Grrl Fest prepares for third year

March 13, 2015

Grrl Fest is an independent multi-platform music and arts event, celebrating and empowering women-identified artists. This year, the Melbourne event will be celebrating its third year.

Grrl Fest will be held on March 21 at the Northcote Town Hall.

There will be an outdoor venue, markets, music, workshops, cocktails and cabaret. The venue is a change up from the dusty warehouse beginnings of Grrl Fest.

GF would like to acknowledge that this event happens on stolen land. We wish to acknowledge the elders past and present, and pay our respects to the Woiworung and Boonwurrung people of the Kulin Nation, on who’s land Melbourne is situated. Always was, always will be, Aboriginal Land.

The idea behind Grrl Fest draws upon the riot-grrl inspired movement of the 1990’s that started as Ladyfest — “a community-based, not-for-profit global music and arts festival for feminist and women artists”.

Grrl Fest wants to carry on this tradition, but also bring it into the great intersectional feminist future! Grrl Fest humbly acknowleges the great women of the past who have done the ground work for events such as this.

But we also wish to acknowledge how “female only” and feminist spaces have historically excluded trans-women, women of colour and women not from the middle classes. We cannot re-write history, but our actions and attitudes can shape the future and hopefully continue the healing, and invigorate The Revolution.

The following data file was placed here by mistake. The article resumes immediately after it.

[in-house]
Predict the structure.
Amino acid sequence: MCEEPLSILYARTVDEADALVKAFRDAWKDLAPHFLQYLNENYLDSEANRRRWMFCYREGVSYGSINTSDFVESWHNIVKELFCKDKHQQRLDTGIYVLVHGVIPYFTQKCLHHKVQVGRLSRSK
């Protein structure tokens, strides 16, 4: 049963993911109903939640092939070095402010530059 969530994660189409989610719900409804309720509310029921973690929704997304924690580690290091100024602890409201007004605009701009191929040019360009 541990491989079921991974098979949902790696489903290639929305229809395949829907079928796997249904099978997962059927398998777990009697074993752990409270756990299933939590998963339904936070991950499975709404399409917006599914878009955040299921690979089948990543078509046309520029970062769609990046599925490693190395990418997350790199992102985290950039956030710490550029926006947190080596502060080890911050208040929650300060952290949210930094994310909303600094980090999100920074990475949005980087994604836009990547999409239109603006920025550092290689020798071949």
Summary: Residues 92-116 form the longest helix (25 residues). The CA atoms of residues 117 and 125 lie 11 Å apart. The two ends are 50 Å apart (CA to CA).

Which is why Grrl Fest strives at every turn to create a safe and encouraging space for anyone who wishes to access it. This is regardless of gender, race, sexual orientation, class, ability, age, work choice etc.

Mariam Benjemaa, from Diploid who are performing at Grrl Fest, said: “I personally feel very passionate about organisations and ideas such as Grrl Fest. Often at gigs and shows I will be the only female that even gets on the stage, almost everyone is male.

“Male sound guys, male band mates, male pub owners, all male bands that will be playing to an almost all male crowd, it's frustrating. It's so easy to feel left out or discouraged, especially when people will mistake you for ‘just the bands girlfriend’ or something.

“Productions like Grrl Fest or labels such as One Brick Today aim to challenge these shitty boundaries on women and queer folk that are usually set by straight cis-gendered men, and I'm honoured to be a part of it all!”

[Abridged from For the lineup of performers visit]

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